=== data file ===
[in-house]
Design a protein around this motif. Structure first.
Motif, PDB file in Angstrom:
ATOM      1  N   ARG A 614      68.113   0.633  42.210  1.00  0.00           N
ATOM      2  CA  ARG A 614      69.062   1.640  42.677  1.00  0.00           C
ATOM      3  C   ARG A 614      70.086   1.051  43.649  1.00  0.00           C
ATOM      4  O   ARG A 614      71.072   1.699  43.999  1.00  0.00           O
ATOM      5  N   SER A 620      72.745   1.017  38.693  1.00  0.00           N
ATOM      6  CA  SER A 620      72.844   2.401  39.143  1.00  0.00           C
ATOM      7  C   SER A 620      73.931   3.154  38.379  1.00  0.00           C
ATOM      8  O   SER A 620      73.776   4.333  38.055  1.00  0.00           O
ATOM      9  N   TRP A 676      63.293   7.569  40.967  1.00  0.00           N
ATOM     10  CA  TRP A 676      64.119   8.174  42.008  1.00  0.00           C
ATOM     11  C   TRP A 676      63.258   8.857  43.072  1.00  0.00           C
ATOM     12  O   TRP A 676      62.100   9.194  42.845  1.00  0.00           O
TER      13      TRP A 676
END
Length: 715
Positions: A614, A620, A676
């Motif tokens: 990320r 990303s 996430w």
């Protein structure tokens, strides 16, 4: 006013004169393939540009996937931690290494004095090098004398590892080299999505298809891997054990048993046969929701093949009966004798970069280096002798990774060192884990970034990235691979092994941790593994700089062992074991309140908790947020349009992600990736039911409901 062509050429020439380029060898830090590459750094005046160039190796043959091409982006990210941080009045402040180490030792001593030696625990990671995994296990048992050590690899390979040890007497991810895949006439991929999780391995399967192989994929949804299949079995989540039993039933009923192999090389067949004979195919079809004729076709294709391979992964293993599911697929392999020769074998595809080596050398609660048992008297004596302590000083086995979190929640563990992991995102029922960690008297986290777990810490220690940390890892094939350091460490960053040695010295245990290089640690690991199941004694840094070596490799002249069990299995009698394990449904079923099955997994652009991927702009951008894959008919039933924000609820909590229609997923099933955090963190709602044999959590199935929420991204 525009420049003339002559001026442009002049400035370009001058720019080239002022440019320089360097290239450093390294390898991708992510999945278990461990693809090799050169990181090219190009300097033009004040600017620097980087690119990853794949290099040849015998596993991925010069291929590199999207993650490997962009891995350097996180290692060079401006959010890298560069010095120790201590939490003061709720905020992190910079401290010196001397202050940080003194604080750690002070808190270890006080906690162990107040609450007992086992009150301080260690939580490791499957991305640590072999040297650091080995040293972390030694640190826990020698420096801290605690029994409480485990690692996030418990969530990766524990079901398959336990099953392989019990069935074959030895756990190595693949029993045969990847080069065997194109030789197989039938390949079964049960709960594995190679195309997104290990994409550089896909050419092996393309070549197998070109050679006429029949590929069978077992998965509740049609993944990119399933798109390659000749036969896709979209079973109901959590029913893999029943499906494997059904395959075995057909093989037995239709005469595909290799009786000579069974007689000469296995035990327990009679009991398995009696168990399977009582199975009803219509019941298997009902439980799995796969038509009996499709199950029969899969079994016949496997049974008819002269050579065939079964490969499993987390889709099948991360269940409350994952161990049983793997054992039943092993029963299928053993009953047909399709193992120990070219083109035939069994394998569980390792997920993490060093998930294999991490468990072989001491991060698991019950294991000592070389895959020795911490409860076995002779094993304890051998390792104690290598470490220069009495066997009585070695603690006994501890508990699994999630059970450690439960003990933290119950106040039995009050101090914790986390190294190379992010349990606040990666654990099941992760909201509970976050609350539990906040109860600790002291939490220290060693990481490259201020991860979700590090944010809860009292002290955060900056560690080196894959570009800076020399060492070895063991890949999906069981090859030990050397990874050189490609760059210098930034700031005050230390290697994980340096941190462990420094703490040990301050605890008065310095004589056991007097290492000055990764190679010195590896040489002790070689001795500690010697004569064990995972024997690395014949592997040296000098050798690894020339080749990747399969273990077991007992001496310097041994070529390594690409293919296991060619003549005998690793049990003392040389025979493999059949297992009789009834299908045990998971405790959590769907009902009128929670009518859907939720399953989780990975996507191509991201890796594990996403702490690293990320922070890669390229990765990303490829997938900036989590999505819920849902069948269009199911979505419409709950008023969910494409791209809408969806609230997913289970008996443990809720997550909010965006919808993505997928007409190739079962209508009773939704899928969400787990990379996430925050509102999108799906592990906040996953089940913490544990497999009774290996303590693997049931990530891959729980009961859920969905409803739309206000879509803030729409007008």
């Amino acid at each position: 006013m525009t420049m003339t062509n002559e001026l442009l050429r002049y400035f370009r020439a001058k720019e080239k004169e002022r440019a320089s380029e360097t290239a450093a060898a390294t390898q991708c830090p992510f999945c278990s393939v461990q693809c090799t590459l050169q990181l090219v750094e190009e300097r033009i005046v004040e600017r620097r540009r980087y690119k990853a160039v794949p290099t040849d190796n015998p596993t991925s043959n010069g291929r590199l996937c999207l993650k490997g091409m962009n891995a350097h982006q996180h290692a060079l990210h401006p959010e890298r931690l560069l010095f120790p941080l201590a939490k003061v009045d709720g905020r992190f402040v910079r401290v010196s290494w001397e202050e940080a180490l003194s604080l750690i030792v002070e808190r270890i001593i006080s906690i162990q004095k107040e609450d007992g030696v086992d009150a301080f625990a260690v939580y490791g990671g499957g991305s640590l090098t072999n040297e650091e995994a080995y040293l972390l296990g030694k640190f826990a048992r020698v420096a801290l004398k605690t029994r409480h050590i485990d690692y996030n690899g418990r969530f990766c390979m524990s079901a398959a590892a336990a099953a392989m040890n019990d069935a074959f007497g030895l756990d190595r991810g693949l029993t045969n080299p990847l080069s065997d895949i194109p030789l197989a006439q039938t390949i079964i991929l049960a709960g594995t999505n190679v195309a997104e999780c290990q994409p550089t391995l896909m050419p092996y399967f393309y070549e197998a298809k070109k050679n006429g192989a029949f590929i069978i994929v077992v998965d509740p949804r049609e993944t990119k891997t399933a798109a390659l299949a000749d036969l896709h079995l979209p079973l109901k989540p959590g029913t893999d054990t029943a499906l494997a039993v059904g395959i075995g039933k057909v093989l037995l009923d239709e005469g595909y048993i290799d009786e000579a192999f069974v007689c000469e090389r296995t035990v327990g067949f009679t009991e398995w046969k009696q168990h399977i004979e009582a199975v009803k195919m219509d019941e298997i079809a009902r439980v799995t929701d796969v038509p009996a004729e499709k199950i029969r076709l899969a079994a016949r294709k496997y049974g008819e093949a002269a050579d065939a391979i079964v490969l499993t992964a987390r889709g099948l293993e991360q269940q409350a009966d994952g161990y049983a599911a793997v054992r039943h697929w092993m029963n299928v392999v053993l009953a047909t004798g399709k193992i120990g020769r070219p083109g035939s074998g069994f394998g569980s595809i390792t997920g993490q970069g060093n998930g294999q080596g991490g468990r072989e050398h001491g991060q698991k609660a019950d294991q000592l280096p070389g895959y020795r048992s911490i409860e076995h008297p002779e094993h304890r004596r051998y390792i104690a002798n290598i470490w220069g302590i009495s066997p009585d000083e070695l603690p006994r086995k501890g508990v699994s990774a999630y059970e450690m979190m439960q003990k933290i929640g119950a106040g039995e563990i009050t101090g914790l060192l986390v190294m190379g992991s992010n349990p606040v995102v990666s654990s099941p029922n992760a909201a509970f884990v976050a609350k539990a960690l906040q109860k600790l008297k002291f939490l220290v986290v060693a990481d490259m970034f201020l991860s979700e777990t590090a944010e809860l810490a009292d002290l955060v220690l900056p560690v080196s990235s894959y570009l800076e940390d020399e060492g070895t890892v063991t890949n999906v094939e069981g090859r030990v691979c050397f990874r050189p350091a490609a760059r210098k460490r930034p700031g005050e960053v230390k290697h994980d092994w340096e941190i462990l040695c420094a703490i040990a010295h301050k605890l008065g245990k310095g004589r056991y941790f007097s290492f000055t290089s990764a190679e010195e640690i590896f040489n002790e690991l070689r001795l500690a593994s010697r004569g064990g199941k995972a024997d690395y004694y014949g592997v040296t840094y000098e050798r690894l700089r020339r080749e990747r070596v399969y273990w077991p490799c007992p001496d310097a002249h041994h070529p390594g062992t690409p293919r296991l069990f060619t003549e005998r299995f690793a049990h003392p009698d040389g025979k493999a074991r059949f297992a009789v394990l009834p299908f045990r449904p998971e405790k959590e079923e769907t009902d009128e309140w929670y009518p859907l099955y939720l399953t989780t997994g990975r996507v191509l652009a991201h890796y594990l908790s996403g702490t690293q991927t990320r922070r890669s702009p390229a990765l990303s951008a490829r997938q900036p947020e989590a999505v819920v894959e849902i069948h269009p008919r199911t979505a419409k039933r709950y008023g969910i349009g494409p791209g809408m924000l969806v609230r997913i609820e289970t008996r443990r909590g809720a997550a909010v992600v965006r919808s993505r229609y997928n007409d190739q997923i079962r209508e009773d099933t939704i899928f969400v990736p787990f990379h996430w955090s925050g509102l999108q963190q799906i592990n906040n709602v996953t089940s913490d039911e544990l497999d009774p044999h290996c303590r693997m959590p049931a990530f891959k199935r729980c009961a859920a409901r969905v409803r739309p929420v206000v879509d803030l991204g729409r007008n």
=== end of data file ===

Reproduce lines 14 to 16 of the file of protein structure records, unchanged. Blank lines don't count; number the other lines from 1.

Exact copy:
ATOM     11  C   TRP A 676      63.258   8.857  43.072  1.00  0.00           C
ATOM     12  O   TRP A 676      62.100   9.194  42.845  1.00  0.00           O
TER      13      TRP A 676